Over the past few months there has been a noticeable focus on the rise of movements such as Black Lives Matter. The impact of this movement has been felt more in America, more so after the horrific death of George Floyd. His death was not necessary but was inspired by hate; which got me thinking about this hatred of the black skin. Do black lives really matter?

I would like to believe that black lives matter, regardless of where one is from or may be. As black people we seek to be recognised as humans by all but I believe we have to start treating each other as such, in order to enforce others to recognise us as such. Charity begins at home, the wise say, and in this instance home is black on black recognition, love and value of black human life. 

I write this short piece to show the life of a black immigrant in South Africa in the African context of black lives matter. Many black Africans came to South Africa looking for better lives and opportunities and to live under better laws as promised by the South African constitution. They seek this better life because it is lacking where they come from. We all seek to give our families the best lives possible, far from fear, danger and most of all prejudice. The story of humans moving from one place to another in search of greener pastures is as old as time itself. I found myself looking at these questions in relation to black foreigners in the land of dreams, South Africa:  Do black lives matter in South Africa; or rather do foreign black lives matter?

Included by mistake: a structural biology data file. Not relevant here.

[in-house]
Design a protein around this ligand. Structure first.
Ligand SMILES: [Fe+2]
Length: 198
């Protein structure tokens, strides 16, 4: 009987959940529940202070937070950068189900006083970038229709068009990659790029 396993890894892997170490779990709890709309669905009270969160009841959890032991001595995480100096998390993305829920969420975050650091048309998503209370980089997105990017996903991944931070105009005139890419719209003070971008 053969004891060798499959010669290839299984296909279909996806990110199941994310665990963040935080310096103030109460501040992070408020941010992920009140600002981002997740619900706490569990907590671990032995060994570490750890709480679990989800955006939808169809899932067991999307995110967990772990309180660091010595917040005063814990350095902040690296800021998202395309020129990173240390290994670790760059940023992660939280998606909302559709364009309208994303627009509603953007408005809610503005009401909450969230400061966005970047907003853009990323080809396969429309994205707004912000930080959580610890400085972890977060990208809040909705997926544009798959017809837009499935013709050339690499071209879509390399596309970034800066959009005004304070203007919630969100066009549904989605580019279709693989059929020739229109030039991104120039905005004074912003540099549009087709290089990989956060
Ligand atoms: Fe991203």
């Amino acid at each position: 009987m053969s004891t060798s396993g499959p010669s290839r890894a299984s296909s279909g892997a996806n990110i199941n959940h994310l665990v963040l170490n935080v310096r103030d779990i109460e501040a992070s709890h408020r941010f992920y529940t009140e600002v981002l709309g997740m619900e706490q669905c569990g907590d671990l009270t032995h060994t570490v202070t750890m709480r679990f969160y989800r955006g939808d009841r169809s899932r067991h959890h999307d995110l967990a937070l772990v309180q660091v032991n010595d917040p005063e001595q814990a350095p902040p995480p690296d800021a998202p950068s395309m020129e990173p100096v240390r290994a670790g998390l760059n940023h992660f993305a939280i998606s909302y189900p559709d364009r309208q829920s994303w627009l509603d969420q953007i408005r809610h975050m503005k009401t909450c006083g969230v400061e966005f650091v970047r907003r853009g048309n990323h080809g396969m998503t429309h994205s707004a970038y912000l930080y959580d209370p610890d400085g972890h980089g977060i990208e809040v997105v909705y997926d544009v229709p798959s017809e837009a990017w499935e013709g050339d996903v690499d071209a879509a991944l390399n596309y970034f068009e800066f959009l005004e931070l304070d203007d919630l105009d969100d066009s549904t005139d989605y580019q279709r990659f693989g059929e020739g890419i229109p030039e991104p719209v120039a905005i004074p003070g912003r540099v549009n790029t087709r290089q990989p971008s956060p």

You see, I had a very distasteful experience back in 2018 when I took my then 4 year old nephew to a hospital in South Africa. He was collapsing every 5 minutes and we didn’t know what to do. Frantic with worry his mum and I rushed him to the hospital, upon arrival; they took the child in and told us to go open a file at the administration desk. The mother’s dark complexion was enough for the administrator to demand a passport and permit for both her and her child. When it was noted that she did not have one on her person, we were advised to kindly take him to a hospital in Zimbabwe as they don’t have time to deal with amakwerekwere ( a derogative term for foreigners). With a sneer and attitude, we were told that their resources are for their people only and whatever happens to the child is not their problem. The doctors then notified us that without a file they cannot touch him and they proceeded with other patients, we pleaded and begged to no avail and ended up taking the child home. This is story is one amongst thousands of similar stories of black foreigners in the Republic of South Africa.